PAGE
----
One of the most striking things about THE DEVIL’S REJECTS is the fact that there is very little continuity between the film and its predecessor.  Despite having the same characters, Zombie has radically shifted away from the macabre carnival/haunted house ride tone of HOUSE OF 1000 CORPSES and towards a sun-baked road film vibe.  It’s significantly less comical than the original film, and also less polished, favoring immediacy and realism where HOUSE OF 1000 CORPSES favored high production values and theatricality.  Zombie also makes a very bold storytelling decision, in that he challenges the audience to care for a group of sadistic, psychopathic serial killers.  On its face, this is a seemingly impossible task; it’s like making a movie where Ted Bundy is the hero.  However, Zombie ably accomplishes this by creating a villain who’s even more sadistic and brutal, someone so inherently unlikeable that he makes the Manson-esque Firefly family look cuddly by comparison.  If anything, the subversive level of engagement Zombie achieves with his audience is arguably the film’s greatest accomplishment.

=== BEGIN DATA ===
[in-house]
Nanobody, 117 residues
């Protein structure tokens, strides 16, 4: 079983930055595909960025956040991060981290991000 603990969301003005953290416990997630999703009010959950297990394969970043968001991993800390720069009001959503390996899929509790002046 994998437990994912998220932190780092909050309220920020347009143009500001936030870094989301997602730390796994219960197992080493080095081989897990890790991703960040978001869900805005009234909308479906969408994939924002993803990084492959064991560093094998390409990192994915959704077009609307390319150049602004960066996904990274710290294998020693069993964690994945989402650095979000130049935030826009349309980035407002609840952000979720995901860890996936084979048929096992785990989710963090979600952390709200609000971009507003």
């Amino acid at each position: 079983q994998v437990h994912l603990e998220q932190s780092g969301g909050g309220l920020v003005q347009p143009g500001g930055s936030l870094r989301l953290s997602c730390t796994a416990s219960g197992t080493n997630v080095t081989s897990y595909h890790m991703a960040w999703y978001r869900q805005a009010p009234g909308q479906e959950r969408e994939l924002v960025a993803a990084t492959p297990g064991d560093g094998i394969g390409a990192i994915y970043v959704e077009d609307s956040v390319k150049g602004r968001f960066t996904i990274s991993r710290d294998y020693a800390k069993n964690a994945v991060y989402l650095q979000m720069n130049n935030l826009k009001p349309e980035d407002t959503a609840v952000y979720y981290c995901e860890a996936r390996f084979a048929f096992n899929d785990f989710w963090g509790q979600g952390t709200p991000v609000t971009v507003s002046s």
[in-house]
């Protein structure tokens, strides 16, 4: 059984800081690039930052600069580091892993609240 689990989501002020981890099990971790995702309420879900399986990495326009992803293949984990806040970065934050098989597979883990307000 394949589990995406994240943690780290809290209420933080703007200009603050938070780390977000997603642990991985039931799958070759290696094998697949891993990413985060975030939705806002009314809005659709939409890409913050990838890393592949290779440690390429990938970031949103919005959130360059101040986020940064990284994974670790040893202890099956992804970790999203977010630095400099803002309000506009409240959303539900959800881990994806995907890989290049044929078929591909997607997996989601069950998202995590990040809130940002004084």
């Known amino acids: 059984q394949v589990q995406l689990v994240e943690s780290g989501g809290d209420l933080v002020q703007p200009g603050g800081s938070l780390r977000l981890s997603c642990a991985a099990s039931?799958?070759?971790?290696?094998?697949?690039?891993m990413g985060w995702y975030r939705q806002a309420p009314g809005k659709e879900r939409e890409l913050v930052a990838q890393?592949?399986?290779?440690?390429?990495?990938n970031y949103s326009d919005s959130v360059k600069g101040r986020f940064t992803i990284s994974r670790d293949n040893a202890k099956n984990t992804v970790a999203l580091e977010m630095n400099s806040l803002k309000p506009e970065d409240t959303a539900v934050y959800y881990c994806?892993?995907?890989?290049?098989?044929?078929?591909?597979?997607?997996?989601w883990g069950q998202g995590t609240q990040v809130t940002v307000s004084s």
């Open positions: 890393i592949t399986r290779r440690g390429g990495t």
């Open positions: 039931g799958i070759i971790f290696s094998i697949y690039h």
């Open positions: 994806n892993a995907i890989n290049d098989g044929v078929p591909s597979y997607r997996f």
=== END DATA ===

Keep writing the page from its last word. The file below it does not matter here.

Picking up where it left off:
THE DEVIL’S REJECTS was well-received upon its release, doing better both financially and critically than Zombie’s debut. It even earned a glowing review from an unlikely source: Roger Ebert.  Ebert’s endorsement of Zombie’s vision caused the film community to look at him in a different light.  He was no longer a novelty act; he was now a legitimate voice within the medium.  Sure, he wasn’t making prestigious award-winning character dramas, but he was making what interested him, and more importantly he was doing it wellTHE DEVIL’S REJECTS solidified Zombie’s position as a burgeoning horror director of confidence and vision, and like it or not, he was here to stay.

THE DEVIL’S REJECTS is currently available on high definition Blu Ray via Lionsgate.

Credits:

Produced by: Mike Elliott, Andy Gould, Marco Mehlitz, Michael Ohoven, Rob Zombie

Written by: Rob Zombie

Director of Photography: Phil Parmet

Production Designer: Anthony Tremblay

Edited by: Glenn Garland

Music by: Tyler Bates